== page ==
'Robot Weeds:' Beijing Destruction, Rebirth Coming to Your Neighborhood?
"M ommy, where are we going to buy eggs now?" my daughter asked, as we rounded the corner of our street. We had just spent an hour at the park on our second day after arriving back from our summer in Canada.
"What, honey?" I asked, confused by her question. But, then, I looked up at where she was pointing.
They had shut all the shops that had lined the street at the base of our building. Not one was open. I told the kids we would just need to find another place to buy eggs, but they were distracted and barely registered my answer. They're clearly used to this.
Later that week, I noticed they'd started to tear down the facades and remove the furniture and shelving in the stores. Workers were covered in plaster dust, and there was hazardous debris everywhere, blocking the sidewalks for the safe passage of foot traffic.
Of course, the mysterious shutdowns and "brickenings" (as we foreigners call them in English) have become so common in Beijing that it's not a surprise. I didn't look at the changes and wonder why, or even what was going to happen to our city block in terms of future shops and businesses. In fact, thinking about such questions is irrelevant. No one is around to answer them. The workers don't know. The neighbors don't know. It's all rumor or conjecture anyway. We, the people who live here, have no idea what this city is going to become. It grows up around us like wild "robot weeds," with their own agendas. And the growth can't be stopped.
Since coming to this city in 2007, as a visitor, and then moving here in 2008, I have seen an unprecedented amount of transformation. Certain areas of the city are unrecognizable from what they were. In fact, some of my early memories in Beijing are like dreamscapes. I can never return to "those steps" or "that building" or "our bar" — sometimes the whole street is gone! The rare times I can conjure them up are with friends who have been here as long as I have, and who still remember. And, they're few. Foreigners are transient here; that's just a fact.
Recently, my son asked innocently, "But Mommy, where are the stores? Where did they go?" He lifted his eyebrows with pure curiosity. He wanted an answer.
"They're just shut down, honey." I said. "The shops are closed. I don't know what they're going to build in their place." "But, Mommy," he insisted, "Where do they go?"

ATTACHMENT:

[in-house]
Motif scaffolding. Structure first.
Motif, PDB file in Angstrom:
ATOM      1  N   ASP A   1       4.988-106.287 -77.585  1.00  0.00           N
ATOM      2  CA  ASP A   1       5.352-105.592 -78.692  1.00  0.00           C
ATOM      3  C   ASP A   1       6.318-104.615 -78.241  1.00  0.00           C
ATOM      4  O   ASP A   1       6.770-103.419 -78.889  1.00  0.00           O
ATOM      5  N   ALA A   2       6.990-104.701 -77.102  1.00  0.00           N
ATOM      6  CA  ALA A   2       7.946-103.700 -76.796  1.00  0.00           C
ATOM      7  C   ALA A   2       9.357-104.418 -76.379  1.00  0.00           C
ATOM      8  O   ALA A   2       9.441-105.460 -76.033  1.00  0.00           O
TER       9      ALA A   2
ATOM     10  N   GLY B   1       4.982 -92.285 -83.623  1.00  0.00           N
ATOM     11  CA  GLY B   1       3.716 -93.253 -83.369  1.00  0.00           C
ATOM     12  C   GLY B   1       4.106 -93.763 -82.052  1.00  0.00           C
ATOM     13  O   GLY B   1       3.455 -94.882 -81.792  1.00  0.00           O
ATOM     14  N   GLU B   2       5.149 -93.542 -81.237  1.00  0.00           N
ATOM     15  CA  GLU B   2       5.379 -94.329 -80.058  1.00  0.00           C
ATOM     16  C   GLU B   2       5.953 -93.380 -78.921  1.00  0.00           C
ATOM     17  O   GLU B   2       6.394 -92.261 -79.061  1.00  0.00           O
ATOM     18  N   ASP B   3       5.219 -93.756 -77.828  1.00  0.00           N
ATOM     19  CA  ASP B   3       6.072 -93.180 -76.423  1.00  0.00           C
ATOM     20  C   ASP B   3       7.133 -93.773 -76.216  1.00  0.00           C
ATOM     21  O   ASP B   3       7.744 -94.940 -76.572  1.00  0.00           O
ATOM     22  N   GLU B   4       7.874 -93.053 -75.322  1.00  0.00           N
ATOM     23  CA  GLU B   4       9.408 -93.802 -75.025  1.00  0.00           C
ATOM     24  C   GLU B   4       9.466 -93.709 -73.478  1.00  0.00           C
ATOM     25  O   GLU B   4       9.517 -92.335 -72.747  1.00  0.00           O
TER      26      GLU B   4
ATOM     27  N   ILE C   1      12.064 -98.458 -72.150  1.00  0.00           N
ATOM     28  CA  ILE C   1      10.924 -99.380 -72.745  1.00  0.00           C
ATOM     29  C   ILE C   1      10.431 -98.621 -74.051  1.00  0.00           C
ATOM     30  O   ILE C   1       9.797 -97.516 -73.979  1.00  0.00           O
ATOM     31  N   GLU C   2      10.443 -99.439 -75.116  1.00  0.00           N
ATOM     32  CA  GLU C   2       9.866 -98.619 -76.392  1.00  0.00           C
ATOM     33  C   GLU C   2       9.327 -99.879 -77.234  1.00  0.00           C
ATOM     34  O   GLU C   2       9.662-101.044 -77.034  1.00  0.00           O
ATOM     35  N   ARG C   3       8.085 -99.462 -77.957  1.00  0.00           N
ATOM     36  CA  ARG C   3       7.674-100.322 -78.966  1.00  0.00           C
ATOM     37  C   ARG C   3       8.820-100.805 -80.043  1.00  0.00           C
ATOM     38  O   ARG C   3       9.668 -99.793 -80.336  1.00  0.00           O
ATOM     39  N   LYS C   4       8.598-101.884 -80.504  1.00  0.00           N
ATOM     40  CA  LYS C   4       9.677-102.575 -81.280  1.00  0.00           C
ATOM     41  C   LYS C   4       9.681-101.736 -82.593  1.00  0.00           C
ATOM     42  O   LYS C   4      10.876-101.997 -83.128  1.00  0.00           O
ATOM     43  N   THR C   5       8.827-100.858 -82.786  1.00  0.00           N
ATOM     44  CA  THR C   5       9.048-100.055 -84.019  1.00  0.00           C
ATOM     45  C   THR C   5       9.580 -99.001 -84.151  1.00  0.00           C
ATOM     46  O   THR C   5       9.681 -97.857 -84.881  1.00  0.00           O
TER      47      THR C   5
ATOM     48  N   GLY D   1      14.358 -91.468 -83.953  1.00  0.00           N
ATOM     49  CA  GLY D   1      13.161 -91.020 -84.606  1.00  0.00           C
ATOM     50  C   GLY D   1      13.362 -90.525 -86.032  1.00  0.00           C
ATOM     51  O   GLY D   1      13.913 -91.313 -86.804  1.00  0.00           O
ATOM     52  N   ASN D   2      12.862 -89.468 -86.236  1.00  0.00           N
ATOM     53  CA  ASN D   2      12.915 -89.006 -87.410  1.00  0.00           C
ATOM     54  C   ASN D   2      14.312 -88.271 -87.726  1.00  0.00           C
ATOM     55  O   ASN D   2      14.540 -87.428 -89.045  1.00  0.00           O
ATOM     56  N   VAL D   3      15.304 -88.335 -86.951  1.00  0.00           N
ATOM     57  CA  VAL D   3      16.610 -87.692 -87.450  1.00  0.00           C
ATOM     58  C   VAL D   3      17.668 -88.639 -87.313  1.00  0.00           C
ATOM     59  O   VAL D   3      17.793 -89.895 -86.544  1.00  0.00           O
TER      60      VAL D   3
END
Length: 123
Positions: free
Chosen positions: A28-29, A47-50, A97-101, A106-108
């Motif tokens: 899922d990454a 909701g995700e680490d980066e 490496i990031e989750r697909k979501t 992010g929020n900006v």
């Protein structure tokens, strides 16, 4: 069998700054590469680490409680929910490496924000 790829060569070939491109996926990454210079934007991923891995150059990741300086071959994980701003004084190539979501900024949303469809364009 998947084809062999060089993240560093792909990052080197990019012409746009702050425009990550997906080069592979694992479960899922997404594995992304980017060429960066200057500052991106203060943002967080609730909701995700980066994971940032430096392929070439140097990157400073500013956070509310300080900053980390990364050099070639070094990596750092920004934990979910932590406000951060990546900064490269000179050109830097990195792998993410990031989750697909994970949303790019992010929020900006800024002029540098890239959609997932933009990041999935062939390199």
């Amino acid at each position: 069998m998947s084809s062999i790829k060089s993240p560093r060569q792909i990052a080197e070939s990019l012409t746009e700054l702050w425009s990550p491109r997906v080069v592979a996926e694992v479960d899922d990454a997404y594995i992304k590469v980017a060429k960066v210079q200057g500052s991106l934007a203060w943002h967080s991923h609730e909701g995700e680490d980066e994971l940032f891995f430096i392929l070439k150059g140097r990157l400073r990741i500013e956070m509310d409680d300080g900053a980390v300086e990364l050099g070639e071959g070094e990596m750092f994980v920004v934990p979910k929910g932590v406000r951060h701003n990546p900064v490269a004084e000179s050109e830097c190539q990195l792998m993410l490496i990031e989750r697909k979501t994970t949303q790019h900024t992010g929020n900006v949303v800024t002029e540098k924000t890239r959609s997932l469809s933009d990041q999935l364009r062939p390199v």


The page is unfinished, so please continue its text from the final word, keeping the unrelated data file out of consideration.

"I don't know," I told him. And, it's the truth. They have died a typical Beijing death. Destruction will be followed by rebirth, but what will be born in its place is yet to be seen. Death is a mystery, even in an urban context. No one really knows. For that reason, my glimpses at the nowdestroyed shops below my building have not been wistful. Nor have they been contemplative. I've become a neutral local. The fact that such typical demolitions have only now arrived in our neighborhood after living here for nine years is, frankly, unimportant. Everyone knows his or her block might be next. No one is immune and long-time residents, like me, aren't at all surprised by the suddenness of such change. All we can do is wait and watch.
I must say, however, that when a knock came at my apartment door notifying us that my apartment's "balcony room" would be demolished this fall, it was a Beijing destruction notice that hits even closer to home — it's of our home. (Or, at least, part of it.) More than 80 percent of the upper balconies in these old-style, six-floor walkup tenement buildings have been privately renovated into separate rooms — some even made into rooms with additional rooftop balconies. After the demolition, they told me, tenants or landlords would be responsible for cleaning the debris and reconstructing the interior walls, windows and doors. Of course, my landlord wasn't happy with this news. Nor was I. Our extra room (that used to be a balcony) is slotted to become a balcony again, but there's nothing we can do about it.
So, we wait. In the meantime, we empty that room. We re-organize.
The "robot weeds" are coming. We can't stop them. That's Beijing.